Digestive Diseases and Sciences

, Volume 53, Issue 1, pp 52–61

The Absence of a Mucosal Lesion on Standard Histological Examination Does Not Exclude Diagnosis of Celiac Disease

  • Bashir M. Mohamed
  • Conleth Feighery
  • Christian Coates
  • Una O’Shea
  • David Delaney
  • Seán O’Briain
  • Jacinta Kelly
  • Mohamed Abuzakouk
Original Paper

DOI: 10.1007/s10620-007-9821-5

Cite this article as:
Mohamed, B.M., Feighery, C., Coates, C. et al. Dig Dis Sci (2008) 53: 52. doi:10.1007/s10620-007-9821-5

Abstract

Some patients with undiagnosed celiac disease have minor mucosal lesions that may not be apparent during routine histological analysis. Twenty-five such patients of our institution were discharged to their primary-care physicians despite having positive endomysial antibody serology. To re-evaluate diagnosis for these patients, immunohistological staining with antibodies to CD2, CD3, CD7, CD8, CD69, and Ki67 was conducted on original biopsies from twenty patients. Clinical, serological, and histological investigations were offered to all fourteen patients who attended for review. We observed a significantly greater (P < 0.0001) numbers of intraepithelial lymphocytes and Ki67-positive enterocytes in sections from these twenty patients than for normal controls. Of the fourteen patients who attended for further review, firm diagnosis of celiac disease was made for seven patients and diagnosis was likely for another two. Our study clearly revealed that over-reliance on standard histological findings results in failure to diagnose celiac disease.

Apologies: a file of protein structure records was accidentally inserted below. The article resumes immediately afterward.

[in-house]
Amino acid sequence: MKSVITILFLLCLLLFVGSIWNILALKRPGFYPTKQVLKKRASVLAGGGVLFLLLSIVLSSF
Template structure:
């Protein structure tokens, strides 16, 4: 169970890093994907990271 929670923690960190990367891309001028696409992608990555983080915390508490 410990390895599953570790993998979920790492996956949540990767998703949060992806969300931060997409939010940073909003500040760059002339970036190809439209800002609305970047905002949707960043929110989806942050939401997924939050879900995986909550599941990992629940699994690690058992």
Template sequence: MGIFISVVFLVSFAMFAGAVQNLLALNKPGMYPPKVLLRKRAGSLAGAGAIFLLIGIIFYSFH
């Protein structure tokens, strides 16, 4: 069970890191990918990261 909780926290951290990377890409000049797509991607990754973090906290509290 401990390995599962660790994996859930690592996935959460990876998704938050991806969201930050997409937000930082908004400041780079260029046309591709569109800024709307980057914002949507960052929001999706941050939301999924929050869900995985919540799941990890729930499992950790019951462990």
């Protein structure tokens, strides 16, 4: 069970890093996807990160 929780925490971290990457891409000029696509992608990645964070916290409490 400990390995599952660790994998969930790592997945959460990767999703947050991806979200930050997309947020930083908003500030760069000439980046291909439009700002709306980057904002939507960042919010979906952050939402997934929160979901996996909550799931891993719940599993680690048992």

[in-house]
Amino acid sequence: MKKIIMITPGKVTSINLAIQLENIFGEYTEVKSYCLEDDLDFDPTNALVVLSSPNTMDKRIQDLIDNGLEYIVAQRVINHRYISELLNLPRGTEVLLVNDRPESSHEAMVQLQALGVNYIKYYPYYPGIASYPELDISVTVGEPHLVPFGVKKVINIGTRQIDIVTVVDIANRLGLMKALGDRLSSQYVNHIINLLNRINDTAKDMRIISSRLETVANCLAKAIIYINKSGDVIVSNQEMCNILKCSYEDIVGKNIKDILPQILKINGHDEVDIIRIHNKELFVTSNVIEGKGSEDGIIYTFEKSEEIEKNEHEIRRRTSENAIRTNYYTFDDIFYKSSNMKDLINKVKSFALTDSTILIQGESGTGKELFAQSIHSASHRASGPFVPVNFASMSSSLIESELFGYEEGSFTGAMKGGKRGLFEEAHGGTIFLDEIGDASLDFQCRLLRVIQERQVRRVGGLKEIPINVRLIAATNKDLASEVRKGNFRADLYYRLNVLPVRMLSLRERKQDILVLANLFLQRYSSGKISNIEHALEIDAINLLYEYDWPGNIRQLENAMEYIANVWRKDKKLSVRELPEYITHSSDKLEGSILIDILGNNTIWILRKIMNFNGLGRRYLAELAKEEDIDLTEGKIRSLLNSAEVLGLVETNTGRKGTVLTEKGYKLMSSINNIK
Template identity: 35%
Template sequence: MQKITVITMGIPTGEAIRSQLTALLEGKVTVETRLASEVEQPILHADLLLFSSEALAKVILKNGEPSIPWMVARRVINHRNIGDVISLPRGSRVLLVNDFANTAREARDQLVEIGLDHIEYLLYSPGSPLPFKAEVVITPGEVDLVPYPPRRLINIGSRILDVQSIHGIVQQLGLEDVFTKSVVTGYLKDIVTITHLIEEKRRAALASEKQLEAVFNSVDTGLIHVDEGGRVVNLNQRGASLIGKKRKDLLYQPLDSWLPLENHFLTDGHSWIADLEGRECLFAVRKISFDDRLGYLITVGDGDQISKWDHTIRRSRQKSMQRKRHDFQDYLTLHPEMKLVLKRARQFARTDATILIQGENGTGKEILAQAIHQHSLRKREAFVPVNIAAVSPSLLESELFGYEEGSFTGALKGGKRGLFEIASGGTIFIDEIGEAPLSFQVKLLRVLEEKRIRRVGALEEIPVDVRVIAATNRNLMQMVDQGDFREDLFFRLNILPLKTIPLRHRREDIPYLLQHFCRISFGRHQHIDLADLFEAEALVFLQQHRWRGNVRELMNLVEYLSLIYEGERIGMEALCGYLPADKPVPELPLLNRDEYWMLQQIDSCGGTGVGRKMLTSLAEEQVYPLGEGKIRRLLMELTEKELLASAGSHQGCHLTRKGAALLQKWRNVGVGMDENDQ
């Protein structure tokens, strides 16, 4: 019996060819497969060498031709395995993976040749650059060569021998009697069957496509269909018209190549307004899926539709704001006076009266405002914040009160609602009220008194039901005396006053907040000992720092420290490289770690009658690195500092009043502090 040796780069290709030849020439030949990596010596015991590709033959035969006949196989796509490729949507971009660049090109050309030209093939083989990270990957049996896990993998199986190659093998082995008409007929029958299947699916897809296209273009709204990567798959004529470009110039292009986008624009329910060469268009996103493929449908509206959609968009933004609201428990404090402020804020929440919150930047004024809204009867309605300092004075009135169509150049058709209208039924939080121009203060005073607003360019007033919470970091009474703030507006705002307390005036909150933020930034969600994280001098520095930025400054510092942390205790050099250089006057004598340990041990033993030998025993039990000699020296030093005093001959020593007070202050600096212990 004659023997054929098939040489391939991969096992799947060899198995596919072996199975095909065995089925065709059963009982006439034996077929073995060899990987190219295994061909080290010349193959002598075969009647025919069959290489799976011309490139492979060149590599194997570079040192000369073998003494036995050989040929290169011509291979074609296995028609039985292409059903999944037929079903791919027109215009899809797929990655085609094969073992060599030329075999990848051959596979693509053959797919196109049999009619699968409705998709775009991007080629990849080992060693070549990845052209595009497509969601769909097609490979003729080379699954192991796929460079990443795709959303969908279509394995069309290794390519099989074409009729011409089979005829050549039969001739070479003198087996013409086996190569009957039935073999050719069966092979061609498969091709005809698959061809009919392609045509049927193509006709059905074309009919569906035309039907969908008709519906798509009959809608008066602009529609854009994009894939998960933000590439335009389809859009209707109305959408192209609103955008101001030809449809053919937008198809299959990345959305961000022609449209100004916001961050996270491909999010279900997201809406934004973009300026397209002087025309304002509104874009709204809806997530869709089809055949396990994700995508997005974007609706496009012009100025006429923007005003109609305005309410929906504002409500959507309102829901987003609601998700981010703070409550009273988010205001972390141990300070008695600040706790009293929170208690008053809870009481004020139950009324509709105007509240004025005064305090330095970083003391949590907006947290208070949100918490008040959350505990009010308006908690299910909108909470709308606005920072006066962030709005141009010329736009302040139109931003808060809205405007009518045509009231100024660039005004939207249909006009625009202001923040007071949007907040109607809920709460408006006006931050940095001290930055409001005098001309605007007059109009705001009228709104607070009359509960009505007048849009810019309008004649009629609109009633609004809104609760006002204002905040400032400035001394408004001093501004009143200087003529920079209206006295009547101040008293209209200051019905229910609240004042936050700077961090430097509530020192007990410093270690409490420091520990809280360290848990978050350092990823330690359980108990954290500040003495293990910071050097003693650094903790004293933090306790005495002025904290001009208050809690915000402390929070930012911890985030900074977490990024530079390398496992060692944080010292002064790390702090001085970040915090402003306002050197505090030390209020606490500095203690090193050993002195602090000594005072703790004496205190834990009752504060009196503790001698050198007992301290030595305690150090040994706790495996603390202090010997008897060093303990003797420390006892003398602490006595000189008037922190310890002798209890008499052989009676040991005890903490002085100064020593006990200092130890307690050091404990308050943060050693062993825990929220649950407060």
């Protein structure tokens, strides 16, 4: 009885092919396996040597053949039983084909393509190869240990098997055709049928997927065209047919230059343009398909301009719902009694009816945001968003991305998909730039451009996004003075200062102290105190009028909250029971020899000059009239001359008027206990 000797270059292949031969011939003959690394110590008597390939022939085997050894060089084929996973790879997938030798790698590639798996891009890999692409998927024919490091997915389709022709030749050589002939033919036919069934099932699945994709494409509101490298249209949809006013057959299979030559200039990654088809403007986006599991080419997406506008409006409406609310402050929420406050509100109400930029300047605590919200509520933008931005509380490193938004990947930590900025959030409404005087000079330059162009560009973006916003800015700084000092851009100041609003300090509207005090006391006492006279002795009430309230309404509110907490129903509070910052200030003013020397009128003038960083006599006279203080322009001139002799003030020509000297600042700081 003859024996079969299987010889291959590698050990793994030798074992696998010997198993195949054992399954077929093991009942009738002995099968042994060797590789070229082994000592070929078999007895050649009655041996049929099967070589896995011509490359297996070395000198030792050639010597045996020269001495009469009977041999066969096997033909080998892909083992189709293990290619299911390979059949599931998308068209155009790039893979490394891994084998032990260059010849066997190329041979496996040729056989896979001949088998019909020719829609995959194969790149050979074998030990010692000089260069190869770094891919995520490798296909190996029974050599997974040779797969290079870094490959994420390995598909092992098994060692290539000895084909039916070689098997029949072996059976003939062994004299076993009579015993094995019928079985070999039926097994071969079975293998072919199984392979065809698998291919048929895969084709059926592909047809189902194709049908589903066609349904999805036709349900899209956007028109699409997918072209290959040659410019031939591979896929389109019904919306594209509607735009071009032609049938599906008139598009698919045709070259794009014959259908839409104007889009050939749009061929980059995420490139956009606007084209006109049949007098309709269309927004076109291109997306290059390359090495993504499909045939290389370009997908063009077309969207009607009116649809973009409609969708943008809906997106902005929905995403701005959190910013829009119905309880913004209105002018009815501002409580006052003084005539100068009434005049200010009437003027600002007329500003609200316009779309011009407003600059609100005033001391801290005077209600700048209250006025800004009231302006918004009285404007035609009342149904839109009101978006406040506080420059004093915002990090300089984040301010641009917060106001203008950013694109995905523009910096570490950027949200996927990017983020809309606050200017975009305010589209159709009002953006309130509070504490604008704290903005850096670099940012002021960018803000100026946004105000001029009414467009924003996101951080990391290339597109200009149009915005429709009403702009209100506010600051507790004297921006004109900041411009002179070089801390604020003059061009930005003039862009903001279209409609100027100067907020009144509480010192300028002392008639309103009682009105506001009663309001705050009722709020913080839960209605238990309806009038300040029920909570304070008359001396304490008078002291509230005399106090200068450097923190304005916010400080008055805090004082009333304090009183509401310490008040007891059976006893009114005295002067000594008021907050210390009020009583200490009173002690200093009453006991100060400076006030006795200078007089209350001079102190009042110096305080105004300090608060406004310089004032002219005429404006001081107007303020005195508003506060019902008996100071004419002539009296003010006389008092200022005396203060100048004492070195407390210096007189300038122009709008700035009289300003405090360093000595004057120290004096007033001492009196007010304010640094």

Keywords

Celiac disease Endomysial antibodies Tissue transglutaminase antibodies Intraepithelial lymphocytes Enterocytes 

Copyright information

© Springer Science+Business Media, LLC 2007

Authors and Affiliations

  • Bashir M. Mohamed
    • 1
    • 3
  • Conleth Feighery
    • 1
    • 3
  • Christian Coates
    • 1
    • 3
  • Una O’Shea
    • 1
    • 3
  • David Delaney
    • 5
  • Seán O’Briain
    • 2
  • Jacinta Kelly
    • 4
  • Mohamed Abuzakouk
    • 1
    • 3
  1. 1.Department of ImmunologySt. James’s Hospital and Trinity College DublinDublinIreland
  2. 2.Department of HistopathologySt. James’s Hospital and Trinity College DublinDublinIreland
  3. 3.Dublin Institute of Molecular Medicine DublinDublinIreland
  4. 4.Dublin Institute of TechnologyDublinIreland
  5. 5.Department of HistopathologySt. James’s HospitalDublinIreland

Personalised recommendations